The General Assembly kicks off the summer session at noon but the big story of the day comes an hour later when Governor Pat McCrory unveils his budget recommendations for next year.
It is worth remembering that McCrory only proposes the budget, the House and Senate actually approve it. And if last year is any indication, the final budget may not look much like the one released today.
Last March, McCrory sent lawmakers a spending plan that called for a one-percent across the board raise for teachers and state employees. The final budget that lawmakers passed and that McCrory signed contained no raise for teachers or state workers.
McCrory’s budget called for $58 million in new funding for textbooks in schools to restore some of the cuts in textbook funding in the last two years. The final budget included no new funding for textbooks.
McCrory’s budget called for $9 million more for instructional supplies for schools. The final budget that passed the House and Senate instead cut another $6 million for classroom supplies.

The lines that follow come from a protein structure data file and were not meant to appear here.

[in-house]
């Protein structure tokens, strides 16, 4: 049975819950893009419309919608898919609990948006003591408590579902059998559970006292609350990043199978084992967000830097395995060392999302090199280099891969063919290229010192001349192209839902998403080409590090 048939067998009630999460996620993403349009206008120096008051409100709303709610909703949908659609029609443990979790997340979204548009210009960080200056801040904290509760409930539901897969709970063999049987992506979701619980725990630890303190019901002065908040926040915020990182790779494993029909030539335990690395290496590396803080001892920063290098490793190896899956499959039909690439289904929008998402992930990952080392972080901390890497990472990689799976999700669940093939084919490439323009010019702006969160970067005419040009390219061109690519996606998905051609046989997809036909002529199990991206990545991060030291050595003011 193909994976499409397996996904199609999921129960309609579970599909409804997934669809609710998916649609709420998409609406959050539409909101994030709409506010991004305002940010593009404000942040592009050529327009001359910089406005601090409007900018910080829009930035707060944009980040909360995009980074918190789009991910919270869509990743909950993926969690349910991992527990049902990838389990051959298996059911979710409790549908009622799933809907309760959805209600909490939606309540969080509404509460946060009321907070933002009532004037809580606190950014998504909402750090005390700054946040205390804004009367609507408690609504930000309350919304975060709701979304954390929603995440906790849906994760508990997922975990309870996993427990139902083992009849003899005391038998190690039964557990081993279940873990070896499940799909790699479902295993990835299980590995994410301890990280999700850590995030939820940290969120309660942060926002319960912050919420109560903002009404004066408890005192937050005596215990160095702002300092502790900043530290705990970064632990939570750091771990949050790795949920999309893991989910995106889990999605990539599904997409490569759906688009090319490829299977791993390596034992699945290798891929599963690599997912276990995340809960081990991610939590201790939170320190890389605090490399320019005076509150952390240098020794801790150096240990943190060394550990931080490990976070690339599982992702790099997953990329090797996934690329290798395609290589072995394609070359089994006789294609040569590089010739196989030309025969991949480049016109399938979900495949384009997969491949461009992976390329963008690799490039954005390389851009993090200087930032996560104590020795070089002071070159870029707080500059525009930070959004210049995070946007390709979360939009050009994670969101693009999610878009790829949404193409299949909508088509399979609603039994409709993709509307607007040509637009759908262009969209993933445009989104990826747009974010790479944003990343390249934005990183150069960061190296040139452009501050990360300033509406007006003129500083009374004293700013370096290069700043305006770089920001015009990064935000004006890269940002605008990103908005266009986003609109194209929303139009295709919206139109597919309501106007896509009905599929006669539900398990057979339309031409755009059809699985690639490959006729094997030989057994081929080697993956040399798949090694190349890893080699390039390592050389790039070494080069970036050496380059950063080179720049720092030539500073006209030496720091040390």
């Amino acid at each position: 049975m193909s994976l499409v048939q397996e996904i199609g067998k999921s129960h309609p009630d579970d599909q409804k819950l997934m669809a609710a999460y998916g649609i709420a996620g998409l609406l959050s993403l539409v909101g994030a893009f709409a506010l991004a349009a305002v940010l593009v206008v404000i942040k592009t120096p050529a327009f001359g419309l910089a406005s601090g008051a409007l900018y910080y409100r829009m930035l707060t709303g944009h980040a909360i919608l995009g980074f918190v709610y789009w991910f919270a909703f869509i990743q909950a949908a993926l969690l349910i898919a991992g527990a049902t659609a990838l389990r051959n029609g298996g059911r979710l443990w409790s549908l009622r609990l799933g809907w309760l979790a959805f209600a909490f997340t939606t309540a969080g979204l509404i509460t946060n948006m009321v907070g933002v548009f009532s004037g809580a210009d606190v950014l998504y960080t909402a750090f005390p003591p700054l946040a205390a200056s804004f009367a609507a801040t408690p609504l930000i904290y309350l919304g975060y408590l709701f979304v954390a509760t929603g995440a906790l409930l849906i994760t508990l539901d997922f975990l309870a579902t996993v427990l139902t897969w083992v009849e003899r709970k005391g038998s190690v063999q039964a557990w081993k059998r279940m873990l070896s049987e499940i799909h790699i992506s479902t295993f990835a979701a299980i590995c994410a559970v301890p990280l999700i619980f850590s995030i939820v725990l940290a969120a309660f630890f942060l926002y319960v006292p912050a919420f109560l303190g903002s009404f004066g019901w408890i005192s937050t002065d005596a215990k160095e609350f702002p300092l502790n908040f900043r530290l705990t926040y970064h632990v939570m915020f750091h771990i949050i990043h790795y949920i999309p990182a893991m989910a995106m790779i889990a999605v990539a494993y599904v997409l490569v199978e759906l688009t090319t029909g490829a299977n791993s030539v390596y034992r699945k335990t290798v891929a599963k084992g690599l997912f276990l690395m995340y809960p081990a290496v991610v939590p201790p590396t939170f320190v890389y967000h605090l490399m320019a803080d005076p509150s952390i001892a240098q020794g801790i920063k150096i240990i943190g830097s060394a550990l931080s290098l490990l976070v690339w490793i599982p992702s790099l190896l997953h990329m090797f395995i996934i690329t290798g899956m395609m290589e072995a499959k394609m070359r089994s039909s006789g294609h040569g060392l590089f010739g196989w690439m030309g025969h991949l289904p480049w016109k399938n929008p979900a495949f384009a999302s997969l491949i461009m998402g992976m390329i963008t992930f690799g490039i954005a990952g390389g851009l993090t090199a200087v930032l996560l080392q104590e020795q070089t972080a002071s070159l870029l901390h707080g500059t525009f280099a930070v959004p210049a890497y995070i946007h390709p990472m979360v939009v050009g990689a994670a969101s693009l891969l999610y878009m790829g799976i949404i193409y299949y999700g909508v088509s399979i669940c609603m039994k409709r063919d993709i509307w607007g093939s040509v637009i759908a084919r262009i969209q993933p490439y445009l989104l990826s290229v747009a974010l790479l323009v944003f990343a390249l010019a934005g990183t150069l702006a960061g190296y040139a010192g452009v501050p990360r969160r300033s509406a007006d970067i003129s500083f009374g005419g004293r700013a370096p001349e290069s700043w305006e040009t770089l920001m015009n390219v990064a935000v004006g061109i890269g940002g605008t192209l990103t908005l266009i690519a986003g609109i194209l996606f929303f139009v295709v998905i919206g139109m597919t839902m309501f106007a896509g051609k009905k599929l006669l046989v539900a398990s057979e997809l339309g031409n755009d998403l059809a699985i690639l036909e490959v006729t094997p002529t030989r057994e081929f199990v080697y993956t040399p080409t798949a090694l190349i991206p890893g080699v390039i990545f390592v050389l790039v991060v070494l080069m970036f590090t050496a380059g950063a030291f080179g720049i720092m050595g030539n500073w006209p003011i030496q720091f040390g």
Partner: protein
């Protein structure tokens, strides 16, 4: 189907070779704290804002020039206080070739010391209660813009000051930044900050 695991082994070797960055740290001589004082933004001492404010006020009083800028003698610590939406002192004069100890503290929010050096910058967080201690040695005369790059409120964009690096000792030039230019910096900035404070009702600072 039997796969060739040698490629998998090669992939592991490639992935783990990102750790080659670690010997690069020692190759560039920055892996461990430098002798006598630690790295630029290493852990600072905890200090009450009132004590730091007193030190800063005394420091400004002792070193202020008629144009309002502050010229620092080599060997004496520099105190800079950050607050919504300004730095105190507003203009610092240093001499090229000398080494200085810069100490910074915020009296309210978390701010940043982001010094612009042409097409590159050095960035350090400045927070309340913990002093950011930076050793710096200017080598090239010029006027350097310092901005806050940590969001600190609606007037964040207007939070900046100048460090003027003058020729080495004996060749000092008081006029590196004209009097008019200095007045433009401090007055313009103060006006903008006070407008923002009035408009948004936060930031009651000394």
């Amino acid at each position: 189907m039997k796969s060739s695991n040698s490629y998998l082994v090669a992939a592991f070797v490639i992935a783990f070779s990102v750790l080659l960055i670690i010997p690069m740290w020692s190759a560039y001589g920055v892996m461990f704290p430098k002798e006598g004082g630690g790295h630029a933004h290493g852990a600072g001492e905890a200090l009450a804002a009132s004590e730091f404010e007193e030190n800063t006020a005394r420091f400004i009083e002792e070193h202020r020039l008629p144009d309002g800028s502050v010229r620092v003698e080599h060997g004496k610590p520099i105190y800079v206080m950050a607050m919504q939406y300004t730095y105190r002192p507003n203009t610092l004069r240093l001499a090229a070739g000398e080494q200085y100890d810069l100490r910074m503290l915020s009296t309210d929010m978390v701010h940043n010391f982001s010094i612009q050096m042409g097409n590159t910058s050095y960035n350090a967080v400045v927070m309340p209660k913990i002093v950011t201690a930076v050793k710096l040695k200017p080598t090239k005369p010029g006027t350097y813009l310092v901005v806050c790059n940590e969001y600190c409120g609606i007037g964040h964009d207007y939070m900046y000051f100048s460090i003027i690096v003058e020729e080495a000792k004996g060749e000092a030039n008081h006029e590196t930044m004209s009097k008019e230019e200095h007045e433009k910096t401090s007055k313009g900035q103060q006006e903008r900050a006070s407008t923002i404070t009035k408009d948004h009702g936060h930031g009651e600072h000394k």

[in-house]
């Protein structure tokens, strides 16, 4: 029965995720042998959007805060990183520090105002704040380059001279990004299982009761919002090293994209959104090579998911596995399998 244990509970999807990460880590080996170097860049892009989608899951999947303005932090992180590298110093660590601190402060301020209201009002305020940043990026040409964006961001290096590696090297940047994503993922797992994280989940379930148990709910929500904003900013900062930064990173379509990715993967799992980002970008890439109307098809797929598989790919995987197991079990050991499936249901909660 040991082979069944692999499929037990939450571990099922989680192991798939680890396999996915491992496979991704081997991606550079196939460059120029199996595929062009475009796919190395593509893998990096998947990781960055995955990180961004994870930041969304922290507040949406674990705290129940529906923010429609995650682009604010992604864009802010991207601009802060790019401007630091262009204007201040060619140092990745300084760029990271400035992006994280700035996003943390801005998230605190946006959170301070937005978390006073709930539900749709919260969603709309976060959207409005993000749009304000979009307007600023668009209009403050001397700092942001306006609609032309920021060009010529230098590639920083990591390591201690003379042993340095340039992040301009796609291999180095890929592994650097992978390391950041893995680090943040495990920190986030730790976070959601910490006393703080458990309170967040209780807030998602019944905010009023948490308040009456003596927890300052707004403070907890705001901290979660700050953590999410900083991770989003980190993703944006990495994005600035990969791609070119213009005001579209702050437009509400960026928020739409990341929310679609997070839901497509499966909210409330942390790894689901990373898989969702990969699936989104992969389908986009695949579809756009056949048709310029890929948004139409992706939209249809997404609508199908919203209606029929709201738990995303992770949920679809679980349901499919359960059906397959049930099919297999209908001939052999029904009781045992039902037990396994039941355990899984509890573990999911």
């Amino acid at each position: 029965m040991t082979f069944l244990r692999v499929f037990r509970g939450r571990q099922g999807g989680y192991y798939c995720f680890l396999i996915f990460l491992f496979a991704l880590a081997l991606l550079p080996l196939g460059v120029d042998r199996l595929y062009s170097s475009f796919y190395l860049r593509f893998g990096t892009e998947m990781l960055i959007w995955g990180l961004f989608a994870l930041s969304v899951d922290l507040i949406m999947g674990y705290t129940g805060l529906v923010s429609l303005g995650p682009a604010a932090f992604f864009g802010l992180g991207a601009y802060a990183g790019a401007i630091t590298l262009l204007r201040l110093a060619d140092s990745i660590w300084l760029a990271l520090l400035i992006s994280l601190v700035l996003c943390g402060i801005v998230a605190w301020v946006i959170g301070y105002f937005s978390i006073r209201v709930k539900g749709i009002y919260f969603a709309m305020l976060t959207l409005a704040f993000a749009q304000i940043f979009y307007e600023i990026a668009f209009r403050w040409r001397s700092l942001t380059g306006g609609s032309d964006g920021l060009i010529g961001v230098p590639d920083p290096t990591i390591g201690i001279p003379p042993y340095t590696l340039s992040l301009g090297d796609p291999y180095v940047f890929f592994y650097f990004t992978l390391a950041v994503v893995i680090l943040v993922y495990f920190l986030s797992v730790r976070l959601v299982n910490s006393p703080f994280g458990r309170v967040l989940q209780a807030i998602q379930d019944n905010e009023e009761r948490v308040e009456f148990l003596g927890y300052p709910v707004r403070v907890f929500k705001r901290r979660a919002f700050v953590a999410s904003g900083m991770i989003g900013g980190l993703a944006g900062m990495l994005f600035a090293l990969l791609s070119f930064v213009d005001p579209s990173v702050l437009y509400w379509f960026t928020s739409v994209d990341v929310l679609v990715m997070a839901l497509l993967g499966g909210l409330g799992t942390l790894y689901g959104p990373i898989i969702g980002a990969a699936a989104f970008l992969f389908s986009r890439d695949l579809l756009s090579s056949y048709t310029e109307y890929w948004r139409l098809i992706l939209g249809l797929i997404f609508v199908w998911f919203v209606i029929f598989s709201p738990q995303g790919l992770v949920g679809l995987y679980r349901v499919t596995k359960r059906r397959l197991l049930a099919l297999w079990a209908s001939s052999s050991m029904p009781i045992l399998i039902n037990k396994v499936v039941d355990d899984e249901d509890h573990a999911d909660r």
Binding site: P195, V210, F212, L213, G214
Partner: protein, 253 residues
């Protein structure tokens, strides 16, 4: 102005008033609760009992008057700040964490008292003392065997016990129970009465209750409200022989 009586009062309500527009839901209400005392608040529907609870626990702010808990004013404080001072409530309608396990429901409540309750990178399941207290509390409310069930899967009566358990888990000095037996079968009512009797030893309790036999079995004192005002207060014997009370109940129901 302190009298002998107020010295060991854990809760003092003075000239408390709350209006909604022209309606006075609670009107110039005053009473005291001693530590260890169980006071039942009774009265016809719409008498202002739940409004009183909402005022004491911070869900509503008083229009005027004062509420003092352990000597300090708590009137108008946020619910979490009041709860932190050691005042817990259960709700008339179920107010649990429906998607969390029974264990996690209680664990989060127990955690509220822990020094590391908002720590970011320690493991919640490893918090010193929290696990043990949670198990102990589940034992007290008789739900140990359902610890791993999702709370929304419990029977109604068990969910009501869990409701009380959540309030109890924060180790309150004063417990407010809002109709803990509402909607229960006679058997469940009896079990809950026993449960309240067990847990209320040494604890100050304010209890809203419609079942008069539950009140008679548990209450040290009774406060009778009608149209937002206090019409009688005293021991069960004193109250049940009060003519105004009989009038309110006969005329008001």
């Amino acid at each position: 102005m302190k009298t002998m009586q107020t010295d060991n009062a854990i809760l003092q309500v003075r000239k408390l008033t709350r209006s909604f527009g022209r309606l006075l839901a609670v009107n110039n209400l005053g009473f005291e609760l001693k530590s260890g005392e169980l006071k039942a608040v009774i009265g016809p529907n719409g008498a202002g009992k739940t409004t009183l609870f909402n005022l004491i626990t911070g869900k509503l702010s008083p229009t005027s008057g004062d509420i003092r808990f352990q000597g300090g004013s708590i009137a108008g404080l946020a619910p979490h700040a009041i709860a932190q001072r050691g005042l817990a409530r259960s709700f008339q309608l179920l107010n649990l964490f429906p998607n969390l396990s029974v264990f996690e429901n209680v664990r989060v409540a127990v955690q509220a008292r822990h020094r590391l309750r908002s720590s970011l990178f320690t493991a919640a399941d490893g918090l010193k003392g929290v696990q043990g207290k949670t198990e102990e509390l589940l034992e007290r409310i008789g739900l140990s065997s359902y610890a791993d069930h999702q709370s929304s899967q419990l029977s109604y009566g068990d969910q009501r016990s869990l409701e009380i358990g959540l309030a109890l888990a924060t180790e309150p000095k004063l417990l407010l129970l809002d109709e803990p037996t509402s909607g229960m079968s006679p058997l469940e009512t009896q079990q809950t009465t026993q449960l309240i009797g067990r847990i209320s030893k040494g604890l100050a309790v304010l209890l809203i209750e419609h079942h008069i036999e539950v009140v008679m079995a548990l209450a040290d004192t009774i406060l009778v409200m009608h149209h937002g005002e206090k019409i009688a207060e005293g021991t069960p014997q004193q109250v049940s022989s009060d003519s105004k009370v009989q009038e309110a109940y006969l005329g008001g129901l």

And McCrory’s budget called for $3.3 million in funding for the highly successful drug treatment courts that the Republican General Assembly had defunded in the last two years. McCrory even singled out the drug courts in his State of the State speech. But the final budget passed by the General Assembly included no funding for the drug courts.
There are plenty more examples and then there is tax reform. McCrory also said in his State of the State speech that any tax reform must be revenue neutral, but the final tax plan approved last summer will cost $600 million a year when fully implemented and is a major reason why there is a budget hole this year and a shortfall projected for next year.
So take whatever you hear today and read in the headlines tomorrow about McCrory’s budget with a grain of salt. The leaders of the House and the Senate will make the major budget decisions again this year, not the Governor, no matter how assertive he promises to be.